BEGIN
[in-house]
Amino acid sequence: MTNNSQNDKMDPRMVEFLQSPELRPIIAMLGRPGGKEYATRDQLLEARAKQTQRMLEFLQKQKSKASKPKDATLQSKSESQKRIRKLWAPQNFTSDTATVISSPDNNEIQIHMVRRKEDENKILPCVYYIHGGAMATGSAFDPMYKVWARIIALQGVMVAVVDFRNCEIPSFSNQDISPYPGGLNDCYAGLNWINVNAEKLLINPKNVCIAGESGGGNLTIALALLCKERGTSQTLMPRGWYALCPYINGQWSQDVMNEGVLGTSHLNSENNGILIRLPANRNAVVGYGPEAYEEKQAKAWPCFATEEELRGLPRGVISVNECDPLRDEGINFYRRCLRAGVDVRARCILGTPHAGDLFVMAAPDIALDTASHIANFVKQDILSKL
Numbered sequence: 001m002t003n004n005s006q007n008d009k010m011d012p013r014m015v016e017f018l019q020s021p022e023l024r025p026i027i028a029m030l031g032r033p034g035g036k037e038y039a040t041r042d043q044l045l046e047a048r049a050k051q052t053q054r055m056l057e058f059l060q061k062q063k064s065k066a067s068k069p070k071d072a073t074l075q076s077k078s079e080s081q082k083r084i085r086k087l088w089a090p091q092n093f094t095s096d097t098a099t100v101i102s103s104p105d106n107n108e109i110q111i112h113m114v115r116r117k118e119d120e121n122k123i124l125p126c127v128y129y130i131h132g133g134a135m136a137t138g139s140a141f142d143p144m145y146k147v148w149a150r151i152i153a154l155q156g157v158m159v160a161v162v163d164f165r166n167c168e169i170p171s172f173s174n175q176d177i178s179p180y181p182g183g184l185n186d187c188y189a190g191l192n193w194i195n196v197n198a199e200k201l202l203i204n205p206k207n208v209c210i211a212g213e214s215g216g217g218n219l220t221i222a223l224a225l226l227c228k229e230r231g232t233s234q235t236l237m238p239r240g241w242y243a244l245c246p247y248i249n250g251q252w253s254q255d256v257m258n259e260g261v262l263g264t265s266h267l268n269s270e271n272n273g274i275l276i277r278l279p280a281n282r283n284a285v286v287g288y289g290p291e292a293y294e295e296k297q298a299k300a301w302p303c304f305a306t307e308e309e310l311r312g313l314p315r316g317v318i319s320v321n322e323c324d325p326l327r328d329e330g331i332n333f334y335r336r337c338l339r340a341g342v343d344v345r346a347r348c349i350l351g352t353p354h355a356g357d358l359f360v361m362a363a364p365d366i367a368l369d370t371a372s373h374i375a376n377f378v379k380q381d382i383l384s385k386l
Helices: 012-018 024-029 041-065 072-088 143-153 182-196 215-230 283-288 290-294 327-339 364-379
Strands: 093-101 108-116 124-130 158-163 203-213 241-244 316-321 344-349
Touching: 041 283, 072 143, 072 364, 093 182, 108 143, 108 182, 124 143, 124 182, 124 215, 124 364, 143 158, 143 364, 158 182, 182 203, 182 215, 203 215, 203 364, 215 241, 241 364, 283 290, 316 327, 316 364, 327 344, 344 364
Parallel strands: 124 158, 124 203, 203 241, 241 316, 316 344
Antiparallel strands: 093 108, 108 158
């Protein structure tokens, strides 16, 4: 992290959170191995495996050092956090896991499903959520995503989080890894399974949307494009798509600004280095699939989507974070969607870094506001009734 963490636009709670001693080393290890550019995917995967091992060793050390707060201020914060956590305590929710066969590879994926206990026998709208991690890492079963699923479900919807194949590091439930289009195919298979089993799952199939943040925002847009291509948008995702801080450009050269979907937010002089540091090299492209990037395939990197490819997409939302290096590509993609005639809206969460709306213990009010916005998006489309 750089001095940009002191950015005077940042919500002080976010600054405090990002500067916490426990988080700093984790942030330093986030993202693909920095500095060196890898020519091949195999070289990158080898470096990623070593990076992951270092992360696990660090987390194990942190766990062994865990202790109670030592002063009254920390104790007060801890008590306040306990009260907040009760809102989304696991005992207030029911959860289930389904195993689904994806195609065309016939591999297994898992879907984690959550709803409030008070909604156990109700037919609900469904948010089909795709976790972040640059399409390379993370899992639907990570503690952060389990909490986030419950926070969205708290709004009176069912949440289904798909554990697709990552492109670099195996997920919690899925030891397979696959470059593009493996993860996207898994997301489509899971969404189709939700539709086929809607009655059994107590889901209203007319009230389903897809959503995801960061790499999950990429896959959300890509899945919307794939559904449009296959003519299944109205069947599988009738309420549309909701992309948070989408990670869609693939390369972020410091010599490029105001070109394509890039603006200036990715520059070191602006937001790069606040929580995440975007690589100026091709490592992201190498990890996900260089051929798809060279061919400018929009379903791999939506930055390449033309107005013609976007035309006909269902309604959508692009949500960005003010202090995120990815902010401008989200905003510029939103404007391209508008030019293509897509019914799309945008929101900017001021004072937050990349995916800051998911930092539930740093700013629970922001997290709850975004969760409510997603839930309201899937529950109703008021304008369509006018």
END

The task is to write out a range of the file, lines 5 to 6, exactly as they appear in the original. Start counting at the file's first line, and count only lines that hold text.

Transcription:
Strands: 093-101 108-116 124-130 158-163 203-213 241-244 316-321 344-349
Touching: 041 283, 072 143, 072 364, 093 182, 108 143, 108 182, 124 143, 124 182, 124 215, 124 364, 143 158, 143 364, 158 182, 182 203, 182 215, 203 215, 203 364, 215 241, 241 364, 283 290, 316 327, 316 364, 327 344, 344 364